Swimmer Ryan Lochte miffed at his times in return to racing

FILE  In this July 31, 2019, file photo, Ryan Lochte competes in the men's 200-meter individual medley time trial at the U.S. national swimming championships in Stanford, Calif. Lochte was ticked off about his performances in the pool at the U.S. Open, the first major meet on American soil since the coronavirus pandemic shut down sports in mid-March. Lochte finished third in the 200-meter individual medley with a time 2 minutes, 1.05 seconds Friday  well behind winner Chase Kalisz in 1:59.72. (AP Photo/David J. Phillip, File)
FILE In this July 31, 2019, file photo, Ryan Lochte competes in the men's 200-meter individual medley time trial at the U.S. national swimming championships in Stanford, Calif. Lochte was ticked off about his performances in the pool at the U.S. Open, the first major meet on American soil since the coronavirus pandemic shut down sports in mid-March. Lochte finished third in the 200-meter individual medley with a time 2 minutes, 1.05 seconds Friday well behind winner Chase Kalisz in 1:59.72. (AP Photo/David J. Phillip, File) (Copyright 2019 The Associated Press. All rights reserved)

Ryan Lochte is mad, and that’s rare.

The 12-time Olympic medalist known for his goofy smile and laid-back attitude was ticked off about his performances in the pool at the U.S. Open, the first major meet in America since the coronavirus pandemic shut down sports in mid-March.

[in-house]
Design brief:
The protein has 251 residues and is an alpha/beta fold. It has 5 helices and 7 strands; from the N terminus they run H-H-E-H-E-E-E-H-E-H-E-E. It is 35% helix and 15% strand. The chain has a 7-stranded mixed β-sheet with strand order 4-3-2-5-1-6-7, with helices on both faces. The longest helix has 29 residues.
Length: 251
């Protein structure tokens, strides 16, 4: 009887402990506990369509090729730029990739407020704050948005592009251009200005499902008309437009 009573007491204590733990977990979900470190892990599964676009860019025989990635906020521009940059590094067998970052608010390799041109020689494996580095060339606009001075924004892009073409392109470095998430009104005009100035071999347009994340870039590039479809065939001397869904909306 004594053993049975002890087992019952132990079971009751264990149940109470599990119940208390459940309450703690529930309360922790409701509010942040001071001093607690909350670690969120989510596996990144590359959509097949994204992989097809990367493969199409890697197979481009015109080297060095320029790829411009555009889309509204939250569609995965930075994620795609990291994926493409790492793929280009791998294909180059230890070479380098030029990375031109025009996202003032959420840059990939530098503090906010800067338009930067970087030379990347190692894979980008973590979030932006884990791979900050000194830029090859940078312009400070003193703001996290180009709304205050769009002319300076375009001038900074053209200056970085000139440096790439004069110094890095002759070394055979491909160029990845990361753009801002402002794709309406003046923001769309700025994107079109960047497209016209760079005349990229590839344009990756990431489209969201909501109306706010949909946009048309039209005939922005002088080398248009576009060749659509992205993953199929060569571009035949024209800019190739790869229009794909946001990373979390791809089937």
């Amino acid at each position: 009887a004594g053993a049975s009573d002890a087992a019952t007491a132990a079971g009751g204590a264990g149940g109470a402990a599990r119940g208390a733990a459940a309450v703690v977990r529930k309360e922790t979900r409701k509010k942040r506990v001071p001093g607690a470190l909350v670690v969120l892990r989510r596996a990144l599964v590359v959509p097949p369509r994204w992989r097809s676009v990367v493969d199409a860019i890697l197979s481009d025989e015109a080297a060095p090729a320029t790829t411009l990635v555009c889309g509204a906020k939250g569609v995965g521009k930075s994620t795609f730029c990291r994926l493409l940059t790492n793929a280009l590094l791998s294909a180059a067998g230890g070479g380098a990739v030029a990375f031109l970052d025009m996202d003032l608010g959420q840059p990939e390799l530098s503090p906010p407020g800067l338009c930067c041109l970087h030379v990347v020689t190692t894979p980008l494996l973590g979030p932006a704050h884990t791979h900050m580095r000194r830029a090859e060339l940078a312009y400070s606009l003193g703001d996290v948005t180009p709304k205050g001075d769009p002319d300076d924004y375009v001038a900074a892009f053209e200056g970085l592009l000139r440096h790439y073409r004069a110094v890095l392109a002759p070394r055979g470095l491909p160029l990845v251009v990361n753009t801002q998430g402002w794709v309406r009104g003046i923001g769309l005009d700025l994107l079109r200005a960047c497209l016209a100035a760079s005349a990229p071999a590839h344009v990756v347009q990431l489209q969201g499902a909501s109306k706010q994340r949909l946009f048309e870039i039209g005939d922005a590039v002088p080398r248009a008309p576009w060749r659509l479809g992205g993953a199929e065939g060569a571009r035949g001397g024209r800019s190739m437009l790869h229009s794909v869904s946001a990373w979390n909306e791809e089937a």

Lochte finished third in the 200-meter individual medley with a time 2 minutes, 1.05 seconds on Friday — well behind winner Chase Kalisz in 1:59.72. He was 26th in the 200 freestyle and 51st in the 100 backstroke. Lochte swam the 200 back on Saturday and dropped the 100 free. Times from all nine meet sites were combined to determine overall placement.

“This is probably going to go down as my worst meet that I’ve ever had,” he said by phone from Sarasota, Florida. “I do not like swimming this bad. When I get back (home), I’m going to start turning it up again.”

Lochte's former U.S. national teammate Dara Torres endured her own setbacks in qualifying for a fifth Olympic team in 2008.

“Sometimes it’s good to be discouraged, because you figure out went wrong and get a new attitude,” she told The Associated Press by phone.

At 36, Lochte is taking aim at making a fifth Olympic team. He’s easily the oldest swimmer on deck, surrounded by youngsters who he jokes were in diapers when he won his first gold medal at the 2004 Athens Games.

Time is not on his side. Lochte figures he’s competed in just seven meets since 2016. He only resumed training about five weeks ago, his plans disrupted in part by closures and restrictions put in place because of the coronavirus. Future competitions are up in the air, depending on the pandemic. The U.S. Olympic trials are next June, about a month before the rescheduled Tokyo Games.